Sudie E. Back and Kathleen T. Brady wrote Anxiety Disorders with Comorbid Substance Use Disorders: Diagnostic and Treatment Considerations, in which they discuss generalized anxiety disorder (GAD) and substance use disorder (SUD) and the relationship between the two. They cited a recent study in which nearly 6,000 adults stated that GAD was the anxiety disorder most frequently attributed to using substances to overcome the symptomologies associated with anxiety. GAD that is accompanied by other disorders is shown to increase the rate at which people go from first starting to use substances and getting to a point of reliance on them. Furthermore, SUDs that are experienced in conjunction with anxiety disorders have proven to make GAD much harder to overcome and be successful against. In order for many anxiety disorders to be clinically diagnosed, they must be present in an individual for at least six months before they can be considered a disorder. Treatment of anxiety disorders, namely GAD can be quite difficult in those who are more prone to substance use or those who already have SUD. While there are some medications that can be effective, others are generally off-limits due to the addictiveness of the substance. Despite treatment seeming like a difficult thing to obtain, there are ways to get help with the treatment of both disorders. However, one of the most important steps is to understand why those with anxiety feel the need to seek out substance use as a means to quell their anxiety and what can be done in those instances.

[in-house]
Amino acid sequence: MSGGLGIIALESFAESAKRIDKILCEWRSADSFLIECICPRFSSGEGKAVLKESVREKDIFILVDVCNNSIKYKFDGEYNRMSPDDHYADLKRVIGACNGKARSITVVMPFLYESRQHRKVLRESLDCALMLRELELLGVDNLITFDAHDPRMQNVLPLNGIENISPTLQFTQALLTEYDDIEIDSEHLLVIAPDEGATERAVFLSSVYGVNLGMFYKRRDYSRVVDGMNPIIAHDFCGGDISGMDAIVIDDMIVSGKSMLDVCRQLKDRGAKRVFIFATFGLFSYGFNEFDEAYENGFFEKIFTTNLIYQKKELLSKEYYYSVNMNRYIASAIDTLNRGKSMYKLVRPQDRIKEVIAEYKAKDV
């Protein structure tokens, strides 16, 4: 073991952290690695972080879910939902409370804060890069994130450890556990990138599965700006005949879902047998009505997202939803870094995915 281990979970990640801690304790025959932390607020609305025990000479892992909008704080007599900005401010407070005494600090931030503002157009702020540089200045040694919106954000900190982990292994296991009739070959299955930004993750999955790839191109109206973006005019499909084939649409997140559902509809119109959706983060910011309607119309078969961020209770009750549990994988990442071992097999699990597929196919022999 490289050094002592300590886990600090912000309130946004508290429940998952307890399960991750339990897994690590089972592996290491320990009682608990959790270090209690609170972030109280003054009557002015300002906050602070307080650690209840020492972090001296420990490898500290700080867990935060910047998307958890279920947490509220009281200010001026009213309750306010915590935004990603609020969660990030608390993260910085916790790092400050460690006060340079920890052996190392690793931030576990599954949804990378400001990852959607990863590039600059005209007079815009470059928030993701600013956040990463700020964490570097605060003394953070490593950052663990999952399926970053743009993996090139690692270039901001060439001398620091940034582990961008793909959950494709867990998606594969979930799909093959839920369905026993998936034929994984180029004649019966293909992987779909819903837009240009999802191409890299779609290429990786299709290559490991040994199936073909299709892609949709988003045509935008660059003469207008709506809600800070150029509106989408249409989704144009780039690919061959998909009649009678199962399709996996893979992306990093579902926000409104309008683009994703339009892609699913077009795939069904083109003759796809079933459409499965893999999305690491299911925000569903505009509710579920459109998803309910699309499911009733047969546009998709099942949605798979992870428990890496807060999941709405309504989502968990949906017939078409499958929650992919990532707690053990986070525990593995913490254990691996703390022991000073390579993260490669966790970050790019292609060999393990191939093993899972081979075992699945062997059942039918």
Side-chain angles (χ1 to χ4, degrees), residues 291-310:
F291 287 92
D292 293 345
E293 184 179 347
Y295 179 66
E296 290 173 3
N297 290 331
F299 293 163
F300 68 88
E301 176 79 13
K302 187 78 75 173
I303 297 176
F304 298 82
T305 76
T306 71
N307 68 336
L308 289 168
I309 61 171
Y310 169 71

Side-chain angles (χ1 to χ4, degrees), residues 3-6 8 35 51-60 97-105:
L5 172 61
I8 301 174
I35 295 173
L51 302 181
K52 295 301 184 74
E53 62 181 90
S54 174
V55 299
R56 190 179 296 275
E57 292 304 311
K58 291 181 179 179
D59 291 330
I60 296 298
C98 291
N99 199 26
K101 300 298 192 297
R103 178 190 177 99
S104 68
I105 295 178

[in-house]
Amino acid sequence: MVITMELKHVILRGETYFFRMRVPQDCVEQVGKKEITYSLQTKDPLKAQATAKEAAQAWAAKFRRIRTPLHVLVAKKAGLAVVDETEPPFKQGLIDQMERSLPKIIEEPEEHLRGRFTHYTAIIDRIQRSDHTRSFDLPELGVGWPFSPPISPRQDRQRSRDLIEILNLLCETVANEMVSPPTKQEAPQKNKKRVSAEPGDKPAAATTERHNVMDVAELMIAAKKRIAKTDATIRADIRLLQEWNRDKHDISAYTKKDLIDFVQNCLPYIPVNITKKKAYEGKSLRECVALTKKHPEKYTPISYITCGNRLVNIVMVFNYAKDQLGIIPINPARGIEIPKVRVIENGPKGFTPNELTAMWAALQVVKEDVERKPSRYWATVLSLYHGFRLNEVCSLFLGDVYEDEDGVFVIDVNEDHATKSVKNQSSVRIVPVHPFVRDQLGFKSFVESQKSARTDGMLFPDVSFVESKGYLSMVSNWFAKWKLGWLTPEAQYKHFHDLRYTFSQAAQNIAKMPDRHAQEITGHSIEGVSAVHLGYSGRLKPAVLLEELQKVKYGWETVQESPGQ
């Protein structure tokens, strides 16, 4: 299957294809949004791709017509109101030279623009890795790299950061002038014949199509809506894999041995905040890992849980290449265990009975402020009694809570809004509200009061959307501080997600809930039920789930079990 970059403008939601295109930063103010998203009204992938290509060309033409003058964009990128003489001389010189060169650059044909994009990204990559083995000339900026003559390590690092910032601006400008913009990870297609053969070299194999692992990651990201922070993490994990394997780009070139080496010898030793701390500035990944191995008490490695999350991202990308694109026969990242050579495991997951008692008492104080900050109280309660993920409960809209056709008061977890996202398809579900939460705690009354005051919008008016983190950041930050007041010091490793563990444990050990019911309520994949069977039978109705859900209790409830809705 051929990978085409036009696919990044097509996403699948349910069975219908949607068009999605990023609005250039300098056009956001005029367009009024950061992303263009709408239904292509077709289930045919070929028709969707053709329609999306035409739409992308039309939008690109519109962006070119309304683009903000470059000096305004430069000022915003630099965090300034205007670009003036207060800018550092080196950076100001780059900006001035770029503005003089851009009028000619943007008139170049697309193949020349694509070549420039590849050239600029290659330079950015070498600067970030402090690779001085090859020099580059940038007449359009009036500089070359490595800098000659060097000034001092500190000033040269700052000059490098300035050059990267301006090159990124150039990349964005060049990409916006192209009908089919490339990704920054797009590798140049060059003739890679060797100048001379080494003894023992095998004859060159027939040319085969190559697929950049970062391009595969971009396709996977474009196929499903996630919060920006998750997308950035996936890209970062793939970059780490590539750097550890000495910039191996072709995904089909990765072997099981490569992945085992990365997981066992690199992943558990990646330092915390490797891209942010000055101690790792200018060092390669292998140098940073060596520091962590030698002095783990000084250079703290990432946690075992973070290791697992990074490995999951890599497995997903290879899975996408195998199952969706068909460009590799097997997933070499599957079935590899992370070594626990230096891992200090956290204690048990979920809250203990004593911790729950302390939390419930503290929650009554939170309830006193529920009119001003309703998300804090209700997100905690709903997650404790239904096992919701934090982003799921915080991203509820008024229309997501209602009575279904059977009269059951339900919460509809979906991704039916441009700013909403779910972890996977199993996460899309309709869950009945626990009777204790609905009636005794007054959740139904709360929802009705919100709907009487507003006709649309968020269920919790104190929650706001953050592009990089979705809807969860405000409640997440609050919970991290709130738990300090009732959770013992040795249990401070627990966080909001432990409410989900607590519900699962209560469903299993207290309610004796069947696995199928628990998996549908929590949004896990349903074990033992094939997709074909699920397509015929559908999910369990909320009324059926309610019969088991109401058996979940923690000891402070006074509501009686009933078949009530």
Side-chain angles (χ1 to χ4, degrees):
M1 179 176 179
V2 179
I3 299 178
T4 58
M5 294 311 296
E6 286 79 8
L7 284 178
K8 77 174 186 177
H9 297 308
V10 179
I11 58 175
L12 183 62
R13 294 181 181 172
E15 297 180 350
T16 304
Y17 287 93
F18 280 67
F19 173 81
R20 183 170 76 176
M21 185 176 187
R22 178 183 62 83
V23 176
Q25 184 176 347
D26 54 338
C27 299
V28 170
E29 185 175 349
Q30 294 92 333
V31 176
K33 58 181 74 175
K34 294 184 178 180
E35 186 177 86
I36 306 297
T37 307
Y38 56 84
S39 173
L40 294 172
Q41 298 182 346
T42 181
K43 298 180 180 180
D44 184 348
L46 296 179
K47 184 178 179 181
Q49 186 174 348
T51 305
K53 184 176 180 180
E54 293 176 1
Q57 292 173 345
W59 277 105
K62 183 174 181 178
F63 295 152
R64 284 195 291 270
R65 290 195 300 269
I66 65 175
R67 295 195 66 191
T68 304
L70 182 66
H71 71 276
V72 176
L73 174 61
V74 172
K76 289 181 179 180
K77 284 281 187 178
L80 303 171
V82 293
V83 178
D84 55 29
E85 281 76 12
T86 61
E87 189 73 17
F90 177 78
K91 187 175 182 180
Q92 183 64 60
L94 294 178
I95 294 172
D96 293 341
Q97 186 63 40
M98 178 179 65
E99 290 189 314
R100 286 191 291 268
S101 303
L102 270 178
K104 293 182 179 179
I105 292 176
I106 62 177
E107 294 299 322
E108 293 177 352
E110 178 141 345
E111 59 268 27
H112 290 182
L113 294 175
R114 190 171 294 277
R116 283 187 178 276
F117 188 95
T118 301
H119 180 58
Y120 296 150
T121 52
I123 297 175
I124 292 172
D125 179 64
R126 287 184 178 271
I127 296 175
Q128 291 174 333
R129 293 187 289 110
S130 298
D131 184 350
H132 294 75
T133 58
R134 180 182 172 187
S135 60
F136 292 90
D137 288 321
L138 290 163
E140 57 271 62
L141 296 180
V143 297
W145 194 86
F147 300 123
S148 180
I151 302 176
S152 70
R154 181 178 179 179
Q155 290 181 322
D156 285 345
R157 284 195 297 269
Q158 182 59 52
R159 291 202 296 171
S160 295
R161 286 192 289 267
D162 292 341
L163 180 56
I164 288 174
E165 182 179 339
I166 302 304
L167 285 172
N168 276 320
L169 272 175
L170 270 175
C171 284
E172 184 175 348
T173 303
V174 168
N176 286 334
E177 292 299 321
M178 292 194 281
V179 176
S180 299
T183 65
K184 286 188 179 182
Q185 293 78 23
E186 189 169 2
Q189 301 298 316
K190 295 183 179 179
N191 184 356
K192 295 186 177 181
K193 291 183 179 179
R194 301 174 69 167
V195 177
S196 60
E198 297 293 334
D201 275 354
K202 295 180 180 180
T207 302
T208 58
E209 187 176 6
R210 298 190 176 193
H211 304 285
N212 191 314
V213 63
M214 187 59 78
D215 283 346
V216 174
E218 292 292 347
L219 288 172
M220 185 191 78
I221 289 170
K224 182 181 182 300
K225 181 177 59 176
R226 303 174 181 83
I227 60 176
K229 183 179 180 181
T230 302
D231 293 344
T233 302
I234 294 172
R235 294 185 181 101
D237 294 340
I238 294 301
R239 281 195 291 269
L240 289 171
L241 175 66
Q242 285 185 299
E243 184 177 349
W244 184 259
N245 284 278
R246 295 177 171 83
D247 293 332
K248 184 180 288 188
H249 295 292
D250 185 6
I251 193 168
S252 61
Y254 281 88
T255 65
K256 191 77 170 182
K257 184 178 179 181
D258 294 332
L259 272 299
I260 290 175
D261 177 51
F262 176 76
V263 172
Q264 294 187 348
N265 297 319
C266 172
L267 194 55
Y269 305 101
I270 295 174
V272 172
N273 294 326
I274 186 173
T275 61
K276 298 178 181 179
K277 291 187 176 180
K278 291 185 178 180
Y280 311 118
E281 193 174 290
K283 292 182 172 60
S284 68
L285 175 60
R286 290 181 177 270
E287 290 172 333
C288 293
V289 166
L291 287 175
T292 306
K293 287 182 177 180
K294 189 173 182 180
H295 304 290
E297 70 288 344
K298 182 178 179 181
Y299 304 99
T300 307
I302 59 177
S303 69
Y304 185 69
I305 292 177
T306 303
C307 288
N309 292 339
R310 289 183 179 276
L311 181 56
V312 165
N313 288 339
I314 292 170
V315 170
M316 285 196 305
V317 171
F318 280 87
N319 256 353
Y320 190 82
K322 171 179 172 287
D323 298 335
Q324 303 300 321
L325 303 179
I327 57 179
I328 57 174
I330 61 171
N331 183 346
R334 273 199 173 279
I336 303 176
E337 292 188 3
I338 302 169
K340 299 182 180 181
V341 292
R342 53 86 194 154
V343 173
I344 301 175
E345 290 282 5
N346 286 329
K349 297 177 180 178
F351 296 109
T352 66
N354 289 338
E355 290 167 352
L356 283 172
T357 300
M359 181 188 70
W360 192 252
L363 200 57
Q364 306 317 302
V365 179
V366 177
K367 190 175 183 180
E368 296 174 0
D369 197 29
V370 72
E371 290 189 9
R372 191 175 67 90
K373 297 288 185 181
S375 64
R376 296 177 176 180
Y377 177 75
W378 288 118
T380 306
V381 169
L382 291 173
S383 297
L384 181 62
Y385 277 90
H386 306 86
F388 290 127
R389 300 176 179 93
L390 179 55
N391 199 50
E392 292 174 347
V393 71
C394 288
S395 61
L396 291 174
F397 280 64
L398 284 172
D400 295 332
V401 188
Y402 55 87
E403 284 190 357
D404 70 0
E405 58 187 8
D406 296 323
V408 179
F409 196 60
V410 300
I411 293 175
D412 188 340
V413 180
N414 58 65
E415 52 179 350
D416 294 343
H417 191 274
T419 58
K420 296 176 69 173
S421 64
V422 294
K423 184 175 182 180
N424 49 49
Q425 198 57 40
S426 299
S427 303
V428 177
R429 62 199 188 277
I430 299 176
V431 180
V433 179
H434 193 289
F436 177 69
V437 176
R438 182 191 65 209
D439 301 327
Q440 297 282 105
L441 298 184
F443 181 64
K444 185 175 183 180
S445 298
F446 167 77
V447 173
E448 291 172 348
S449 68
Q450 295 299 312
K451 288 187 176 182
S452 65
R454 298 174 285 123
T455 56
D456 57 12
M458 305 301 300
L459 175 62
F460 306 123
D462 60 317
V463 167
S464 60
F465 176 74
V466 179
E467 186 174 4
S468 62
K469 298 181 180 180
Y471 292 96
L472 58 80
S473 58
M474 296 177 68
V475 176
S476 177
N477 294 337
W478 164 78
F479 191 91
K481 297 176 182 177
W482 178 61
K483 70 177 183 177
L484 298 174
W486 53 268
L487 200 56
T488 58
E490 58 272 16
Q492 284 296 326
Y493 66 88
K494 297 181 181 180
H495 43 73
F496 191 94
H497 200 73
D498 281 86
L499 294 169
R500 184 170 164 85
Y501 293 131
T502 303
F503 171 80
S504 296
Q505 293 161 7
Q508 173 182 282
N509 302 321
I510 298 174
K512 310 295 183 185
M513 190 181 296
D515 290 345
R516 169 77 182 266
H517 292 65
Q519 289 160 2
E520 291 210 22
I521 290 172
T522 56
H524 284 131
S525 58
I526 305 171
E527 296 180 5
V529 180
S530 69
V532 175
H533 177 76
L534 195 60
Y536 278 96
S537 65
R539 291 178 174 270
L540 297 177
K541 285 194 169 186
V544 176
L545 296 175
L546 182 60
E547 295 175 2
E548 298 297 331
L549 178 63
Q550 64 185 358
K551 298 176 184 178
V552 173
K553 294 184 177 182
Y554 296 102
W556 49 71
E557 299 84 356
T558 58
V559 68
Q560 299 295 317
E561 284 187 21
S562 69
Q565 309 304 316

Those who have GAD or any other type of disorder involving anxiety know that it can be extremely hard to cope with on a daily basis. Individuals with anxiety often experience symptoms such as feeling fatigued, muscular issues such as tensing or twitching, feelings of being on edge or nervousness, feeling as though they’re in harm’s way, an inability to focus, inability to sleep, feeling week, increased heart rate and breathing pace, along with gastrointestinal issues. In addition to these issues, many individuals experience symptoms associated with obsessive-compulsive disorder (OCD), engaging in repetitive behaviors such as rocking back and forth, flashbacks to various occurrences such as those experienced accompanied with some sort of trauma associated with post-traumatic stress disorder (PTSD), and avoiding situations that may induce anxiety, which can keep someone from being out in the real world because they are afraid about what could happen in any given situation or environment. Since there are so many symptomologies associated with anxiety, it is easy to imagine why someone would want to escape all these feelings, both the mental and the physical. However, it is important to find out why people with anxiety turn to substances in order to assuage their symptoms.